How The Turbocharger Works in a Car?
There is no such thing as the perfect invention simply because we could always create something cheaper, better, more environmentally friendly and cheaper, or more efficient. For example, you would think that the internal combustion is a significant engine, which could help you to drive your car much faster than any other devices. But it is always viable to make an engine which would go further, faster, or consume less gas.
One method to improve the engine in your car is using turbocharger or turbo. It is generally a pair of fans which uses power of waste exhaust at the back of the engine to push more amount of air to the front part. You must have heard of turbocharger, but how exactly does it work? We will show you more useful information in this article.
What is a Turbocharger?
For most car drivers, it is apparent that exhaust fumes are causing air pollution, but it is much less obvious that they are also wasting energy simultaneously. In fact, the exhaust is a combination of all the power it has and hot gases coming out at speed, which would disappeared uselessly in the air. In this case, a turbo will harness this waste energy somehow to help your vehicle run faster.
In general, the vehicle engine generates power by burning gas in robust metal can or known as cylinder. The amount of energy that a vehicle could produce is related directly to the speed of burning fuel. Theoretically, the more and the bigger cylinders your car has, the more gas the vehicle could burn every second and the quicker it could run.
Therefore, a method to make your car run quicker is to install more cylinders. That is the reason why super-fast sport cars are often designed with 8 and even 12 cylinders instead of 4 or 6 cylinders in a normal family vehicle. Another choice is to apply a turbo, which pushes more amount of air to the cylinders every second so that they could burn gas at a quicker rate. In general, turbo is a cheap and quite simple device that could get more energy from the similar engine.
How Does The Turbocharger Work?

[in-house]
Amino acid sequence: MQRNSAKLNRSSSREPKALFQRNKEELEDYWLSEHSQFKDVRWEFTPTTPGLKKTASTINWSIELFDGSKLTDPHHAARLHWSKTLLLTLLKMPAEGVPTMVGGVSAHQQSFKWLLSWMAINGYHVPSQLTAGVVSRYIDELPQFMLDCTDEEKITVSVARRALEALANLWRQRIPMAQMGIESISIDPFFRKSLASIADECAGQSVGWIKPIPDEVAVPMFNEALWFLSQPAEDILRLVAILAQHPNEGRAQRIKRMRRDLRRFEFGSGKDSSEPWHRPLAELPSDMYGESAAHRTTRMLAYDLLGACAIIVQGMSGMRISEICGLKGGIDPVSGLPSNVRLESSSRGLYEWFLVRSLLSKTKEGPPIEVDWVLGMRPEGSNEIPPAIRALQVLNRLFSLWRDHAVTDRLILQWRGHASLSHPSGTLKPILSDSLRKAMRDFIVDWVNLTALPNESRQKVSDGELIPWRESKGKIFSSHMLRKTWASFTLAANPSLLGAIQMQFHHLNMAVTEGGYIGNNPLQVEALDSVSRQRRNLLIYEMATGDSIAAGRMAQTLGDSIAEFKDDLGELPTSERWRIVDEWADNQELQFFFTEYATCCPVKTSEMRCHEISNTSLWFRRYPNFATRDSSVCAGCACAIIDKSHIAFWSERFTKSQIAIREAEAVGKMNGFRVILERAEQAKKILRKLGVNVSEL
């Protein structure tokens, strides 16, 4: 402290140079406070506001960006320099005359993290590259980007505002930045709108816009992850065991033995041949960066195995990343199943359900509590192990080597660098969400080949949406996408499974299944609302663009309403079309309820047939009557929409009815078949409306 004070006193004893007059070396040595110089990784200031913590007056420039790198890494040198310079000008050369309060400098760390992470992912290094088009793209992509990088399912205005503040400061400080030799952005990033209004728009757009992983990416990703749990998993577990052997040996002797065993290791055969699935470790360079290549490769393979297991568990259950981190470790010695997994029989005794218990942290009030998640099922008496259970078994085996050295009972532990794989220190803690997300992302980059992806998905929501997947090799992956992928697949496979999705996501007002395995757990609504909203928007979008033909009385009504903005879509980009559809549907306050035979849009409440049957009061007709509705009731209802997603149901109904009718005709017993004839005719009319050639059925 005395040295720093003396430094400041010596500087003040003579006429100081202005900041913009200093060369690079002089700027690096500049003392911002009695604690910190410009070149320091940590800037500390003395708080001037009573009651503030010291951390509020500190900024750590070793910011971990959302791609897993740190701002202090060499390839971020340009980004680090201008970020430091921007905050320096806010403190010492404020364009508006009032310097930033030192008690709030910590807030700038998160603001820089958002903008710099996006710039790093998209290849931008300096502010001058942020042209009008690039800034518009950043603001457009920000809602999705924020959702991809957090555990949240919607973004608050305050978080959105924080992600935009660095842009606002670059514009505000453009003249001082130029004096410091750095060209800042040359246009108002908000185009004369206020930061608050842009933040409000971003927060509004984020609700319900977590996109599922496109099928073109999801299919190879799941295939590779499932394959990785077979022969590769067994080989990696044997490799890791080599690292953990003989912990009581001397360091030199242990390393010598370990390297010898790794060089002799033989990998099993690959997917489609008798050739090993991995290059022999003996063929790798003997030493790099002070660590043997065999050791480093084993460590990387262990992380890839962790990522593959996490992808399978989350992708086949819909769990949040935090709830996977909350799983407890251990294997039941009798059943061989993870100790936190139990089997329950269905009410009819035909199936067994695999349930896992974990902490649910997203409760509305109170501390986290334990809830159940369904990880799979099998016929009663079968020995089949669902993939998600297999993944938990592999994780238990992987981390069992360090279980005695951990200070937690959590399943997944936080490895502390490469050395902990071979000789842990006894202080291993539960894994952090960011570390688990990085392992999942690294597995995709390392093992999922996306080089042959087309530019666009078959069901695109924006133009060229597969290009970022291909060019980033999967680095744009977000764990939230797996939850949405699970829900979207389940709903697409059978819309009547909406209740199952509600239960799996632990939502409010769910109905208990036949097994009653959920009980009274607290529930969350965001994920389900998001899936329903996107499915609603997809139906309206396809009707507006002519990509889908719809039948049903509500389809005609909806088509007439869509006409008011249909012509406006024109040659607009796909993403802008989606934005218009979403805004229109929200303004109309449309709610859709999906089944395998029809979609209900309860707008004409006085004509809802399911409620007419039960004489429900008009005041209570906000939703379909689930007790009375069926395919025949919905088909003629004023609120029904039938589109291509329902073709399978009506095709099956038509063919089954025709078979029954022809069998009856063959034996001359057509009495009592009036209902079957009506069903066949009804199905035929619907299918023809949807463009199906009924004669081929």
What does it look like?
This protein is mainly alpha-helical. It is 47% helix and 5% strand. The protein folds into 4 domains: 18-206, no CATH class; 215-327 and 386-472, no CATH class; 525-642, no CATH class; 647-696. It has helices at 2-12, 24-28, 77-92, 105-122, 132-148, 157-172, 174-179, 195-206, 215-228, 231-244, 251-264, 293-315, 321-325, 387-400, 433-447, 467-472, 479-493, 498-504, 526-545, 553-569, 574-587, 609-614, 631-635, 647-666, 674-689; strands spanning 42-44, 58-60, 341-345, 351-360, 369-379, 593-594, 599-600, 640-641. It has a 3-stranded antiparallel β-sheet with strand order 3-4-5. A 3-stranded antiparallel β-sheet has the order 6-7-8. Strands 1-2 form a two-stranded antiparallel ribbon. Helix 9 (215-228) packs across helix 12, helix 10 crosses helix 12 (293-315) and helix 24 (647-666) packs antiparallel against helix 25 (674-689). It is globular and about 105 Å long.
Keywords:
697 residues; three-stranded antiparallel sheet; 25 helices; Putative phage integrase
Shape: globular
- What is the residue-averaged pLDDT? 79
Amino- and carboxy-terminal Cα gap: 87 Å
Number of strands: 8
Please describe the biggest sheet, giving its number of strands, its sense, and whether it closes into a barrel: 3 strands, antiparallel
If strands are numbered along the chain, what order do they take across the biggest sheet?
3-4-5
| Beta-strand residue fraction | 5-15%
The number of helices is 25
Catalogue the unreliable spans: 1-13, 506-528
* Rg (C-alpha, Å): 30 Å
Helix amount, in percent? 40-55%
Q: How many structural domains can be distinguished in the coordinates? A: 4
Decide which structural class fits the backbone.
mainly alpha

The fundamental idea in this device is that the exhaust will drive the red fan (or the turbine), which is connected directly and powers the blue fan (or the compressor), which helps to push more air to the engine. To have better understanding, the following is the process how a turbo works:
- 1. The cool air comes into air intake of the engine and then heads to the compressor.
- 2. Fan of the compressor works to suck in the air.
- 3. The compressor helps to squeeze and heat up the coming air and then blow it out again.
- 4. Compressed and hot air from the compressor moves to a heat exchanger, which helps to cool it down.
- 5. Compressed and cool air comes into air intake of the cylinder. The additional amount of oxygen burns gas in the cylinder in a quicker speed.
- 6. As the cylinder would burn more gas, it will generate power more rapidly and could provide more energy to the wheels through gears, shafts and the piston.
- 7. Waste gas in the cylinder comes out via the exhaust outlet.
- 8. The hot exhaust gas blowing past fan of the turbine fan makes it spin at quick speed.
- 9. The rotating turbine is put on the similar shaft like the compressor. Thus, when the turbine rotates, the compressor rotates too.
- 10. The exhaust gas comes out of the vehicle, thereby wasting less power than it could otherwise.
Pros and Cons of a Turbocharger
- Considerable increase in the horsepower.
- Size versus power: the turbo would the smaller engine displacement to generate much more energy relative to its size.
- Better fuel economy: a smaller engine will use less gas to idle, and has less reciprocating as well as rotational mass, which helps to improve its fuel economy.
- Better efficiency: A turbo would run off the energy which is generally lost in supercharged and naturally-aspirated engine (or exhaust gas). So, the recovery of the power helps to improve the general efficiency of your car’s engine.
- Turbocharger lag: a couple models of turbo, particularly the large ones, will need more time to spool up or offer useful boost.
- Boost threshold: Some traditional turbo are usually designed for a couple ranges of RPM in which the flow of exhaust gas is enough to make extra boost for your car’s engine. In addition, they generally do not work across the large range of RPM as the superchargers.
- Surge of power: in several applications of turbo, particularly with bigger models, reaching boost threshold could nearly give an immediately surge in the power, which would lead to the instability or compromise traction of tires in your car.
- Requirement of oil: In times, the turbo would tap into the oil supply of the engine and becomes very hot. As a result, it needs extra plumbing as well as more amount of oil for the engine. In general, supercharger does not need oil lubrication for engine.